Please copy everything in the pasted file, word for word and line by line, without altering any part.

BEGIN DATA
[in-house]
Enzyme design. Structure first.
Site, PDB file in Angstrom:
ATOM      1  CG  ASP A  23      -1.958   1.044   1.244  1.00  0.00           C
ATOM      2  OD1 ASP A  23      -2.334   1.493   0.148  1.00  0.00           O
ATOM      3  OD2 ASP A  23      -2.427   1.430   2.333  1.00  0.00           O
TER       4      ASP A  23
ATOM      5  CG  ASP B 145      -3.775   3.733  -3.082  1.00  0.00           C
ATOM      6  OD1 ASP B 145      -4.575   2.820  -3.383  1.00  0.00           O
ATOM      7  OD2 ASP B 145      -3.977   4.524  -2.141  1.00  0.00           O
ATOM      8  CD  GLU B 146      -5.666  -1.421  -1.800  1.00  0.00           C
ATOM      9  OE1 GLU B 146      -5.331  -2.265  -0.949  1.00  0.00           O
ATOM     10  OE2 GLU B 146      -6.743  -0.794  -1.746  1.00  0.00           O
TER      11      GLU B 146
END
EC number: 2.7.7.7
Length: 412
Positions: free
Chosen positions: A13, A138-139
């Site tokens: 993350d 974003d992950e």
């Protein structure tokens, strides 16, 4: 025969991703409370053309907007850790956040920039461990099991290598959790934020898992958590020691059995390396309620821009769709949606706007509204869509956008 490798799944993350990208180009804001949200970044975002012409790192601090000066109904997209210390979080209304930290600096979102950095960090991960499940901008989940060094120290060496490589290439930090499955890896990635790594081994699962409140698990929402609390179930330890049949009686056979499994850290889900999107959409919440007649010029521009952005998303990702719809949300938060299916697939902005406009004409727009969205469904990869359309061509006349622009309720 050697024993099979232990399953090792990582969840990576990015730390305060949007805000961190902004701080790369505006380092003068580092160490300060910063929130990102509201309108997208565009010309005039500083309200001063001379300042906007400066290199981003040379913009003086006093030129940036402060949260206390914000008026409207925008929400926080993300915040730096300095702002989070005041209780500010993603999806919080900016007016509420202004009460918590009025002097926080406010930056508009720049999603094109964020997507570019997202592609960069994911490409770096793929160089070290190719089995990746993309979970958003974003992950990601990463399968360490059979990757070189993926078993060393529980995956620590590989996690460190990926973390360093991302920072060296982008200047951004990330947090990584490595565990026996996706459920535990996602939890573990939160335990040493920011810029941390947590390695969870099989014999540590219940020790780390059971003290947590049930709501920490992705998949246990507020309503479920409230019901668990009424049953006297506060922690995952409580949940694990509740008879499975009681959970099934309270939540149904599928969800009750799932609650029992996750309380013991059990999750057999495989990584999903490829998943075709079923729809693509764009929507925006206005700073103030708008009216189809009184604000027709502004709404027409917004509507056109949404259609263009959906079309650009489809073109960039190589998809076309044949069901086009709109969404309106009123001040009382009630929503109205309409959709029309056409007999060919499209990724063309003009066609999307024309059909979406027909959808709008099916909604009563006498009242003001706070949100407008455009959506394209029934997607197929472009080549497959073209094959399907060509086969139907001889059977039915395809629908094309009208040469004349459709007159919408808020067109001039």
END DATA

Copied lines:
[in-house]
Enzyme design. Structure first.
Site, PDB file in Angstrom:
ATOM      1  CG  ASP A  23      -1.958   1.044   1.244  1.00  0.00           C
ATOM      2  OD1 ASP A  23      -2.334   1.493   0.148  1.00  0.00           O
ATOM      3  OD2 ASP A  23      -2.427   1.430   2.333  1.00  0.00           O
TER       4      ASP A  23
ATOM      5  CG  ASP B 145      -3.775   3.733  -3.082  1.00  0.00           C
ATOM      6  OD1 ASP B 145      -4.575   2.820  -3.383  1.00  0.00           O
ATOM      7  OD2 ASP B 145      -3.977   4.524  -2.141  1.00  0.00           O
ATOM      8  CD  GLU B 146      -5.666  -1.421  -1.800  1.00  0.00           C
ATOM      9  OE1 GLU B 146      -5.331  -2.265  -0.949  1.00  0.00           O
ATOM     10  OE2 GLU B 146      -6.743  -0.794  -1.746  1.00  0.00           O
TER      11      GLU B 146
END
EC number: 2.7.7.7
Length: 412
Positions: free
Chosen positions: A13, A138-139
């Site tokens: 993350d 974003d992950e």
């Protein structure tokens, strides 16, 4: 025969991703409370053309907007850790956040920039461990099991290598959790934020898992958590020691059995390396309620821009769709949606706007509204869509956008 490798799944993350990208180009804001949200970044975002012409790192601090000066109904997209210390979080209304930290600096979102950095960090991960499940901008989940060094120290060496490589290439930090499955890896990635790594081994699962409140698990929402609390179930330890049949009686056979499994850290889900999107959409919440007649010029521009952005998303990702719809949300938060299916697939902005406009004409727009969205469904990869359309061509006349622009309720 050697024993099979232990399953090792990582969840990576990015730390305060949007805000961190902004701080790369505006380092003068580092160490300060910063929130990102509201309108997208565009010309005039500083309200001063001379300042906007400066290199981003040379913009003086006093030129940036402060949260206390914000008026409207925008929400926080993300915040730096300095702002989070005041209780500010993603999806919080900016007016509420202004009460918590009025002097926080406010930056508009720049999603094109964020997507570019997202592609960069994911490409770096793929160089070290190719089995990746993309979970958003974003992950990601990463399968360490059979990757070189993926078993060393529980995956620590590989996690460190990926973390360093991302920072060296982008200047951004990330947090990584490595565990026996996706459920535990996602939890573990939160335990040493920011810029941390947590390695969870099989014999540590219940020790780390059971003290947590049930709501920490992705998949246990507020309503479920409230019901668990009424049953006297506060922690995952409580949940694990509740008879499975009681959970099934309270939540149904599928969800009750799932609650029992996750309380013991059990999750057999495989990584999903490829998943075709079923729809693509764009929507925006206005700073103030708008009216189809009184604000027709502004709404027409917004509507056109949404259609263009959906079309650009489809073109960039190589998809076309044949069901086009709109969404309106009123001040009382009630929503109205309409959709029309056409007999060919499209990724063309003009066609999307024309059909979406027909959808709008099916909604009563006498009242003001706070949100407008455009959506394209029934997607197929472009080549497959073209094959399907060509086969139907001889059977039915395809629908094309009208040469004349459709007159919408808020067109001039």